BRM P207 F1
|Manufacturer:||British Racing Motors|
|Production:||1977 to 1978|
|Body styles:||F1 single seat|
|Drive:||rear wheel drive|
|Engine Type:||V12 naturally aspirated|
The BRM P207 , was a Formula 1 racing car built and used in the late 1970s by the British Formula 1 team British Racing Motors (BRM).
The British designer Len Terry built in 1977 the last BRM for the Formula 1 World Championship.
The days of the big racing stable had long since passed in 1977, when Louis Stanley once again tried to join in the old successes. The P207, officially as the Stanley BRM P207 in the start list, had a bulky design and was barely competitive. Only the 480 hp V12 engine made sure that the car did not go to a complete flop. The car suffered constantly from overweight and the associated poor weight distribution of the 615 kg (1,356 lb) total. Also, the suspensions Double wishbones, coil springs front and rear broke at too much load fitted with the T193 5 speed gearbox. Overall, the P207 could only be qualified once for a race.
The team announced for the first time the second race of the season, the Grand Prix of Brazil in 1977 .The London-based Swiss watchmakers Rotary Watches provided sponsorship and car livery design. Driver was Larry Perkins . He qualified last, but was six seconds slower than the penultimate, Alex-Dias Ribeiro in a privately used last year's March 761B . In the race, Perkins already failed in the first lap when his engine overheated and collapsed. In the subsequent Grand Prix of South Africa BRM appeared again with the old P201B. The fourth race of the season left the team completely.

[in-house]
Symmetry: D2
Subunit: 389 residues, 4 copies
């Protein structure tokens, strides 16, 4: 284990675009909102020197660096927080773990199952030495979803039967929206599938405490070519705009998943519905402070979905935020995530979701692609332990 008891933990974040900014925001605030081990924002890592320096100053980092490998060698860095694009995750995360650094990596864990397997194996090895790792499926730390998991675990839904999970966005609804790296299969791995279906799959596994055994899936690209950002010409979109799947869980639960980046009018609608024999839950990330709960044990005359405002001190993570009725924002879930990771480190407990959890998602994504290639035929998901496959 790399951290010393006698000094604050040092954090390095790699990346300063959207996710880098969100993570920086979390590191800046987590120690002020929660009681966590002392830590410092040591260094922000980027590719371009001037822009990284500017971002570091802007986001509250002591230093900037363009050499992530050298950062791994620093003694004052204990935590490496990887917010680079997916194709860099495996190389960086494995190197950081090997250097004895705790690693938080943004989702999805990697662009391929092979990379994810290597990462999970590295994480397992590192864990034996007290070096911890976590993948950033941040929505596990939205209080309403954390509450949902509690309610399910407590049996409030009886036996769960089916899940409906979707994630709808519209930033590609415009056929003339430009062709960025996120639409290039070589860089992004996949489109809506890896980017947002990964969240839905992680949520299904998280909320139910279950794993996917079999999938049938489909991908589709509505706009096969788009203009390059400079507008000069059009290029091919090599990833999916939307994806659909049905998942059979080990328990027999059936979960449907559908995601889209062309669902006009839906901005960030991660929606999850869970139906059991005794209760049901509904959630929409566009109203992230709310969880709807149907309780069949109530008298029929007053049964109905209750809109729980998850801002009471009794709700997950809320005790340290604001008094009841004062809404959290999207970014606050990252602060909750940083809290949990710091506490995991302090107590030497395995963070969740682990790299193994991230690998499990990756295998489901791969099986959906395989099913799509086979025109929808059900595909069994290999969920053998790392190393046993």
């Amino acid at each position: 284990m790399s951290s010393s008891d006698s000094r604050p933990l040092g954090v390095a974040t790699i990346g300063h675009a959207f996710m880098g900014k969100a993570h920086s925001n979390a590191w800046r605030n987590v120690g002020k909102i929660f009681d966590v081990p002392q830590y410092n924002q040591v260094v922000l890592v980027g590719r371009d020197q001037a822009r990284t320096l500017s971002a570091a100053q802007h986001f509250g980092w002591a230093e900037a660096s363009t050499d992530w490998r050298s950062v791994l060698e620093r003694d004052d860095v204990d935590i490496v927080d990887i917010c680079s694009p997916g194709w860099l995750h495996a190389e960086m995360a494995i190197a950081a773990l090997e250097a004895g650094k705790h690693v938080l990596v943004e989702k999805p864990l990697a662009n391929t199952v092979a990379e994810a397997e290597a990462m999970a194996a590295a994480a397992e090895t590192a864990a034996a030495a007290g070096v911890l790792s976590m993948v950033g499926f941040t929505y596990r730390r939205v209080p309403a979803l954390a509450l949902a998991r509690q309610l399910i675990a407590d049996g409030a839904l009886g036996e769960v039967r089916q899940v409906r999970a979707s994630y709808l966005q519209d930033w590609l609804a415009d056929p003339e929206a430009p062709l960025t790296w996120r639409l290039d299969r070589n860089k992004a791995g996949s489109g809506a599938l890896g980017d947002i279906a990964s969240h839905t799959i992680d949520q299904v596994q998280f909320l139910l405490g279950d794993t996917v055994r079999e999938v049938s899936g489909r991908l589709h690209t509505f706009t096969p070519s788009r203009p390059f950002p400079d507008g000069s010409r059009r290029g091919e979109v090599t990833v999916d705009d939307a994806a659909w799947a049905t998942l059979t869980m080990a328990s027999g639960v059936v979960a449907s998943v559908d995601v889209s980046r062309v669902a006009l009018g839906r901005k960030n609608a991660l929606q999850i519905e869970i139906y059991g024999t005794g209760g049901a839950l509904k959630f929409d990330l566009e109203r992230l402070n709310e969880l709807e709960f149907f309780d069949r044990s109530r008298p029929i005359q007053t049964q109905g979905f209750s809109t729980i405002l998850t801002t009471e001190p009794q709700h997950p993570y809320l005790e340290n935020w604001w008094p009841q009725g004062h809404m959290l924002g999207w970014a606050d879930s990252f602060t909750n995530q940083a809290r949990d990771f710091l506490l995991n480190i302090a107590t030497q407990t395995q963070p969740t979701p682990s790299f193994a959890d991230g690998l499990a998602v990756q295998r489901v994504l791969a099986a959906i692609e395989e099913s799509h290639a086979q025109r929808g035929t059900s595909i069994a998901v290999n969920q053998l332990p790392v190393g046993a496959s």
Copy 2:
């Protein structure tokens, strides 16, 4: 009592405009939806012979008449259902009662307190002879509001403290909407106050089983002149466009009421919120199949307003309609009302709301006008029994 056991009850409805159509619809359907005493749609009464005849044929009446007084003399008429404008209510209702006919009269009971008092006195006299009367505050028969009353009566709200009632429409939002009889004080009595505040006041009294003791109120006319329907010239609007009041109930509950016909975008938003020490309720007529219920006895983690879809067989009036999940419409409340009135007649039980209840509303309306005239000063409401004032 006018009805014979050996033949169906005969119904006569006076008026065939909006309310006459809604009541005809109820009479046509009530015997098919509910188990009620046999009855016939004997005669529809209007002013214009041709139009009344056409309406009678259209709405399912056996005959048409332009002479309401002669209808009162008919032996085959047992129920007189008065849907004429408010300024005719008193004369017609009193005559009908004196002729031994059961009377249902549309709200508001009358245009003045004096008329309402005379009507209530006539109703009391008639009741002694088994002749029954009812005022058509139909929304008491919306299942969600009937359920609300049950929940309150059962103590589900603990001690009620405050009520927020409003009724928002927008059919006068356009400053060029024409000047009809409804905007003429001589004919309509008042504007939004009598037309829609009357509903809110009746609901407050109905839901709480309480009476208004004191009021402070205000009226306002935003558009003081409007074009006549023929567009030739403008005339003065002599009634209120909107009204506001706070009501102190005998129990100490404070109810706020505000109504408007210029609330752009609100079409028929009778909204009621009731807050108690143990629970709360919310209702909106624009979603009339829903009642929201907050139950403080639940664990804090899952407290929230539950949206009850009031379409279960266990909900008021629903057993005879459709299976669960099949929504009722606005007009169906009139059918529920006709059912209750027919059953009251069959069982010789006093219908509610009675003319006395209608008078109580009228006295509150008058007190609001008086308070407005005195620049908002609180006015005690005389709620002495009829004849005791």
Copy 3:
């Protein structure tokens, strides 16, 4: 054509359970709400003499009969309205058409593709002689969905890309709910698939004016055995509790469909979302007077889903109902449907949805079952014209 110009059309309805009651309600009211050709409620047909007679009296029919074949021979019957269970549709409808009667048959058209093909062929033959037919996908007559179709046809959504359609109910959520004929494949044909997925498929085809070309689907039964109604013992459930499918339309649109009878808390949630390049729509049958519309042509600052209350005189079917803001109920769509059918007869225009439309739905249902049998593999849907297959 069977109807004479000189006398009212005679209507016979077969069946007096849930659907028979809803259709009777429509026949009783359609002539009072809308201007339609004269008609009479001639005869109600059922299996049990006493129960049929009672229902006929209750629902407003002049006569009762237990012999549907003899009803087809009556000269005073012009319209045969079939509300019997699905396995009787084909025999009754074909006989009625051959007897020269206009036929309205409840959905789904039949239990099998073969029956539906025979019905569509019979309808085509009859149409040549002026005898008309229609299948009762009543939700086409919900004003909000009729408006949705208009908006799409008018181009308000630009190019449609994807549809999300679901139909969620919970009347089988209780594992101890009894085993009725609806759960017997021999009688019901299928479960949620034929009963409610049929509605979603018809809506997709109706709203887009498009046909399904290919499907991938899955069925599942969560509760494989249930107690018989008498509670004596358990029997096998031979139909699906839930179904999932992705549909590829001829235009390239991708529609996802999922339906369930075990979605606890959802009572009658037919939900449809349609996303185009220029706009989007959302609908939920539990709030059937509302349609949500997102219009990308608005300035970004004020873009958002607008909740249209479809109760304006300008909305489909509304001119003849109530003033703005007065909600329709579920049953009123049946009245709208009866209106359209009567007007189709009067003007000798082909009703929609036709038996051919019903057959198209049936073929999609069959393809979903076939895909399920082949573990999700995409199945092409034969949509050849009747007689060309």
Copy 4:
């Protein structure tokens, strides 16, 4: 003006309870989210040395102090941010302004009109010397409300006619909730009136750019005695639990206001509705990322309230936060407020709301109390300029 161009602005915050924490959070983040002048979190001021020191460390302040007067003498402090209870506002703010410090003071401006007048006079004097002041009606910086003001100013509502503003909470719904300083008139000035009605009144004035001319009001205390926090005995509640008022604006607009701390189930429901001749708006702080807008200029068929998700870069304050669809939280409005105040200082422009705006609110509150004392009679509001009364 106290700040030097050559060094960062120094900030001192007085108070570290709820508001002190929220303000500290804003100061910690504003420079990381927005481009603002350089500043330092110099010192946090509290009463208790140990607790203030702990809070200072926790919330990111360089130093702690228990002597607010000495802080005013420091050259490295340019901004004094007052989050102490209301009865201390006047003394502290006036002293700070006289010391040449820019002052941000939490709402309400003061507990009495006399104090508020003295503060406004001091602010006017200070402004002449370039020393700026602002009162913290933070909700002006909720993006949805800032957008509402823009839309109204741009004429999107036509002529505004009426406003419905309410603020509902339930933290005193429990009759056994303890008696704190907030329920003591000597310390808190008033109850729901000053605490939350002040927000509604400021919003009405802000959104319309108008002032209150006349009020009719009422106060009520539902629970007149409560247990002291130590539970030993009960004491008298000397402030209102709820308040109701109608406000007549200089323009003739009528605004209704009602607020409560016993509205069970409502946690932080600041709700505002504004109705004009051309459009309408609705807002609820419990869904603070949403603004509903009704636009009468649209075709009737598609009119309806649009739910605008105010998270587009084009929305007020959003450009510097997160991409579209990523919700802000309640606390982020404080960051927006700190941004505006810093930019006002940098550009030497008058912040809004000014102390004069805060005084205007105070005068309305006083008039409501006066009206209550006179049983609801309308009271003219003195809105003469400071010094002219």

To the Grand Prix of Spain , Belgium , Sweden and France BRM reported the P 207 for Conny Anderson ; he could not qualify. Guy Edwards , who replaced Anderson at the British Grand Prix , even failed to qualify there. At the Grand Prix of Germany , the Netherlands and Italy finally Teddy Pilette appeared with the car, without, of course, even once to reach a qualification.
The car later appeared at national Formula 1 races in the UK, the Aurora series , but also there without countable success. From the P207 in 1979 nor the P230 was derived, which was built for Derrick Berridge and John Jordan. The car, which had already resorted to the ground-effect technology, but whose basis was still the P207 with its weight problem, drove in the early 1980s as Jordan-BRM at national races in the United Kingdom in the Aurora series. Once again, the successes and BRM disappeared finally in the sinking.